Pausing to Pray

Transform your daily routine into a journey with the Lord from Ash Wednesday... Read more


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By Felix Carroll (Feb 12, 2011)
If you're like me (unreliable, easily distracted) and you find yourself each year looking for loopholes in your Lenten sacrifice, come with me.

Yes, right here. Sit down, relax. Here it is: a 65-page booklet in a fetching shade of purple that's titled Pausing to Pray.

Bear with me, even if you sometimes feel you must avert your eyes from seemingly barefaced, self-interested promotion.

Speaking of which ...

Sure, this booklet is published by Marian Press here on the grounds of the National Shrine of The Divine Mercy.

Sure, I'm an employee of the Marians.

Sure, we need your support to spread the message of The Divine Mercy.

Sure, the booklet was compiled by a friend of mine who works in an office downstairs from me, who doesn't wish to be named (though her name begins with an "S" and rhymes with "Larah").

And sure, that awesome cover photo was shot by, well, me, in my humility. Did I say "awesome"? Well, I'm no fan of adverbs, but maybe this calls for an adverb: That awesome cover photo may more accurately be described as breathtakingly awesome (at least, that's what my mom said that I could say that she said, even though I said it and not her).

Where was I?

Yes, Pausing to Pray.

Allow me to tell you why you should consider purchasing it for yourself and for loved ones this Lent (price: $6.95; order now while supplies last!).

As the great Divine Mercy apostle Dr. Bryan Thatcher often says (ungrammatically, yet no less powerfully), "Jesus, in His mercy, meets us where we're at." What Bryan is saying is that Jesus loves us wherever we are in our lives. In our sinfulness, in our loneliness, in our pride and despair, He is with us, and He invites us to walk with Him so He may guide us to salvation.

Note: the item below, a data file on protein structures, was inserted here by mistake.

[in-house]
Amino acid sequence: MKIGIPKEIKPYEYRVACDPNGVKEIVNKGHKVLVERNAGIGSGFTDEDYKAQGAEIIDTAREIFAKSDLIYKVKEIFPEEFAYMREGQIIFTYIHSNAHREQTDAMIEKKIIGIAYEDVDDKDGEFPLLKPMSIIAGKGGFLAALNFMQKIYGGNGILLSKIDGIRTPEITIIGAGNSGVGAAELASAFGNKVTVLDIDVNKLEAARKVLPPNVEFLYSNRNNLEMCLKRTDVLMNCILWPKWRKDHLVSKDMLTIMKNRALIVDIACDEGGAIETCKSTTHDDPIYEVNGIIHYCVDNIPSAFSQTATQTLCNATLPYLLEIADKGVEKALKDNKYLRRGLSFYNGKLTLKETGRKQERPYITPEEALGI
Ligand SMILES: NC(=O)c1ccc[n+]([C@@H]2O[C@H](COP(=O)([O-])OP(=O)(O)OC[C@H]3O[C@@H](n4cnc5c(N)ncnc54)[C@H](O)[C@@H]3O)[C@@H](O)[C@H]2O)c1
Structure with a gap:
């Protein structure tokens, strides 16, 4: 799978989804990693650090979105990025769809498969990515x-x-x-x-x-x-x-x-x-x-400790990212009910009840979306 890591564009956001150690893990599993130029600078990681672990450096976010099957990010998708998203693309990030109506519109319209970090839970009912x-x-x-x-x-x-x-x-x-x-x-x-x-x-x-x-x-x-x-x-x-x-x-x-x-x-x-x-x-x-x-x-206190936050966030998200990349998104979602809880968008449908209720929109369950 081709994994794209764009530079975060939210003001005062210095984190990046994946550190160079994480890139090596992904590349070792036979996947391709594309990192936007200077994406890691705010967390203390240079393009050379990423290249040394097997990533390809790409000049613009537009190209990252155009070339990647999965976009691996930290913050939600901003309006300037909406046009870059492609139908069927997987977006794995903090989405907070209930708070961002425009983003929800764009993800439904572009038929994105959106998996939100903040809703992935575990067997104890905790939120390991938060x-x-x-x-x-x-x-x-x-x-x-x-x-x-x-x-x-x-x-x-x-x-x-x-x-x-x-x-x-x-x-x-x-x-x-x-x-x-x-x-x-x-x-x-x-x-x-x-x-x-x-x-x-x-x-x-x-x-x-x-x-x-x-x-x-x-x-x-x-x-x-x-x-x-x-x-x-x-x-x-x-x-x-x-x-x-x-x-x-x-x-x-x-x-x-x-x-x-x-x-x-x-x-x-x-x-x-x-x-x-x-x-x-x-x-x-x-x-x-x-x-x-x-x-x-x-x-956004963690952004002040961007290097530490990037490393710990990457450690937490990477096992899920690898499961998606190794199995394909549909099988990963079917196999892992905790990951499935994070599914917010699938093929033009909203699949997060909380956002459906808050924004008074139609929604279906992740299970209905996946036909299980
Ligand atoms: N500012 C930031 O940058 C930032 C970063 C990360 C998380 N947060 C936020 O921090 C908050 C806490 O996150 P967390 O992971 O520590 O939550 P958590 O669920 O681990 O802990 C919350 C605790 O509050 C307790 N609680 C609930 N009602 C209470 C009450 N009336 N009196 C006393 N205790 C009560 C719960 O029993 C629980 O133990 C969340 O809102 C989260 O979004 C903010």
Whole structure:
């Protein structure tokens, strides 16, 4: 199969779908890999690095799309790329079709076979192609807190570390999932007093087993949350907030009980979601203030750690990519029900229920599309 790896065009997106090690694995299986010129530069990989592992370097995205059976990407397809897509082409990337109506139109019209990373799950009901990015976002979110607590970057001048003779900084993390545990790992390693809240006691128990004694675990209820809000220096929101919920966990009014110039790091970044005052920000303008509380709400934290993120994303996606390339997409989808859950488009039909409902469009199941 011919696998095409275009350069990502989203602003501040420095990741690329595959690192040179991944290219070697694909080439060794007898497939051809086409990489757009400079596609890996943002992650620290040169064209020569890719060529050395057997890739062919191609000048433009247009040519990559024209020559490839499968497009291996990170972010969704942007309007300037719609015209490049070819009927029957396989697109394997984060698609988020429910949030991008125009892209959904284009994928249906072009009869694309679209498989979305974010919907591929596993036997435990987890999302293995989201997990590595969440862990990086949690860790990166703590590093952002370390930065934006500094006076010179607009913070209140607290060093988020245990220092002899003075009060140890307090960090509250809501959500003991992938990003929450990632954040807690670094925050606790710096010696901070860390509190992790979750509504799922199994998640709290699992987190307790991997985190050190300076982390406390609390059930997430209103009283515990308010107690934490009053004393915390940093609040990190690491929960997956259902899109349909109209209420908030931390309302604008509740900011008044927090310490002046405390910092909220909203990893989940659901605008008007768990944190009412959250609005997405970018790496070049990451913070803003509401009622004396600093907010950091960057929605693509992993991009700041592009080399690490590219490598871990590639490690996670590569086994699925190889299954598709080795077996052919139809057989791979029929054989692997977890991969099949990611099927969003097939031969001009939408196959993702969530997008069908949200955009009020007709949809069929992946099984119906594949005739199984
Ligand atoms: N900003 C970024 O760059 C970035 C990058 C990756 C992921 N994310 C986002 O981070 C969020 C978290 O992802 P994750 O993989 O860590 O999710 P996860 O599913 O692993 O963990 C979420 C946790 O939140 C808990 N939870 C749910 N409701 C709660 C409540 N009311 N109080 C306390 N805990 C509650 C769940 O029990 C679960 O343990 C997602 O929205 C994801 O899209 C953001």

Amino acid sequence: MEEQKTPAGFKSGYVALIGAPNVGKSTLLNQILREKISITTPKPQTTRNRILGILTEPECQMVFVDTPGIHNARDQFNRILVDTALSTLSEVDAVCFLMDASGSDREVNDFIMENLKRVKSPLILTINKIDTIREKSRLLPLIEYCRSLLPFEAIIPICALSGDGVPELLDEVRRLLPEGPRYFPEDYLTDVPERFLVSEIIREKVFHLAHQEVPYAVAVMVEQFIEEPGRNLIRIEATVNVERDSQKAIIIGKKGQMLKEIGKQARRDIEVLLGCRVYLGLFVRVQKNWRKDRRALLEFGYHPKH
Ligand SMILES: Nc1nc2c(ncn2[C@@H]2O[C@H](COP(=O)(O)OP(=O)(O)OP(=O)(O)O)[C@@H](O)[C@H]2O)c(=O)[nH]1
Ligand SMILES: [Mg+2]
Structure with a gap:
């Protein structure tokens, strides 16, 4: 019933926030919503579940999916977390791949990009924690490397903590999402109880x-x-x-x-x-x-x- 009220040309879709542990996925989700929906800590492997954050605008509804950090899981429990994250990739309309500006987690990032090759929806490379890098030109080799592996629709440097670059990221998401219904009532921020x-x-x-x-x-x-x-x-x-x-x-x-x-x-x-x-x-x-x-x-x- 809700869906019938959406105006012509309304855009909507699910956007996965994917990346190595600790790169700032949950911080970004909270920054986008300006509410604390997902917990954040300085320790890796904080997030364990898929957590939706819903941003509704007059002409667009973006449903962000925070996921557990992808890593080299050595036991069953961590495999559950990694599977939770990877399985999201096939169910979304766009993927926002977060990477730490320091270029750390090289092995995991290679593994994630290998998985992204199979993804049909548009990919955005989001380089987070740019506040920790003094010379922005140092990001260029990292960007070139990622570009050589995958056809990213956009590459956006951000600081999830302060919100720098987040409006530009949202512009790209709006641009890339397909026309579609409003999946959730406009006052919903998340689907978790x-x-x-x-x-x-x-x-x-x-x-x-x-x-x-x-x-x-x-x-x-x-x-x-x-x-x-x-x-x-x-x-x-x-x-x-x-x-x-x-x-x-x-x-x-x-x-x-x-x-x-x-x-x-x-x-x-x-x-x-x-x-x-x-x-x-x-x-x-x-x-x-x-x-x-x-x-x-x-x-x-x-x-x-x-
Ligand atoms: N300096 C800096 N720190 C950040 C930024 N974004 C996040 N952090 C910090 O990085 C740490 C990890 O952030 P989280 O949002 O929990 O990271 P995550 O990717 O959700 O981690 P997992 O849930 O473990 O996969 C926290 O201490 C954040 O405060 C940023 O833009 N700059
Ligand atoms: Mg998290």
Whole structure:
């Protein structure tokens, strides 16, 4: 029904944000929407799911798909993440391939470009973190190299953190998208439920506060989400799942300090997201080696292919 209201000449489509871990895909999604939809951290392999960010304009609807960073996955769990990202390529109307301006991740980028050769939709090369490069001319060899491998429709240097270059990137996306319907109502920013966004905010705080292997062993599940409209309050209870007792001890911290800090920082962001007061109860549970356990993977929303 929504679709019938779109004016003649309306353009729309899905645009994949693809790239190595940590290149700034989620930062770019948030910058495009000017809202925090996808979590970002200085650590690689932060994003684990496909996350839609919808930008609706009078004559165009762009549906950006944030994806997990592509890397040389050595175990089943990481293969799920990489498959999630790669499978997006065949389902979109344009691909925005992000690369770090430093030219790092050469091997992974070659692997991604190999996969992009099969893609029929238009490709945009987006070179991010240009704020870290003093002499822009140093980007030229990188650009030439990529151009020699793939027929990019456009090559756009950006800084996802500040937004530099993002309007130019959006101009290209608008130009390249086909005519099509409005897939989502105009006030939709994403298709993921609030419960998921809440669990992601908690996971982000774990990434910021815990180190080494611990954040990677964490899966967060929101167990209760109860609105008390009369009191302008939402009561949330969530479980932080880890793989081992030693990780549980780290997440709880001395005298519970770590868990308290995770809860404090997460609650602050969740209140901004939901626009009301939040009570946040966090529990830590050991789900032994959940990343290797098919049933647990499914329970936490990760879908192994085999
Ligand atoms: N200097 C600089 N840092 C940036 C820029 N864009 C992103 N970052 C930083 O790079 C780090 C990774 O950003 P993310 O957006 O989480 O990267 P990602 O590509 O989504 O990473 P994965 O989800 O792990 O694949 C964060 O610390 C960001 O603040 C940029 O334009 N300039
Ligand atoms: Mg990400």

With this booklet, Jesus, in His mercy, meets me where I'm at. And where I'm at is likely similar to where many of you are at. I am sinful, and I am busy, with a calendar so tight I require Tums by the handful.

As for sinfulness, I always imagine that Lent will be a kind of spiritual vacation from my brokenness — sort of a purification spa for the mind and spirit where I spend hours in Adoration, perform time-intensive works of mercy, and carry on a continuous conversation with our Lord.

Cut to reality: It's never worked that way, at least for a continuous 40 days. As with the other seasons of the calendar year, the world often comes between me and my desire for deeper communion with Christ. And as always, I continue to sin against God, sin against neighbor, and sin against self.

Do you want specific examples? I bet you do. But fortunately for me, I don't have time to get into the messy, 64-font-sized-worthy details of my sinfulness on account of the fact that I'm too ... BUSY!

Yes, busy.

I am busy. Everyday. You are, too. And probably like me, your busyness cannot be blamed on idle endeavors like, say, bowling or ruminant-mammal taxidermy or making sock puppets or full-contact Parcheesi. Rather, it's the busyness of the work-a-day world, followed by family responsibilities — picking up the kids from school, dropping them off at piano lessons, food shopping, homework, slapping together a meal, paying the bills, and, for me in particular, remembering that I'm the husband of a breathtakingly awesome woman who is right over there, across the room, putting the clothes in the dryer and feeling just as wiped as I am at the end of another day.

And yes, about that breathtakingly awesome woman who is my wife: She looks at me in moments like this, in the evening after a busy day. She looks at me with a wordless gaze that often communicates the following: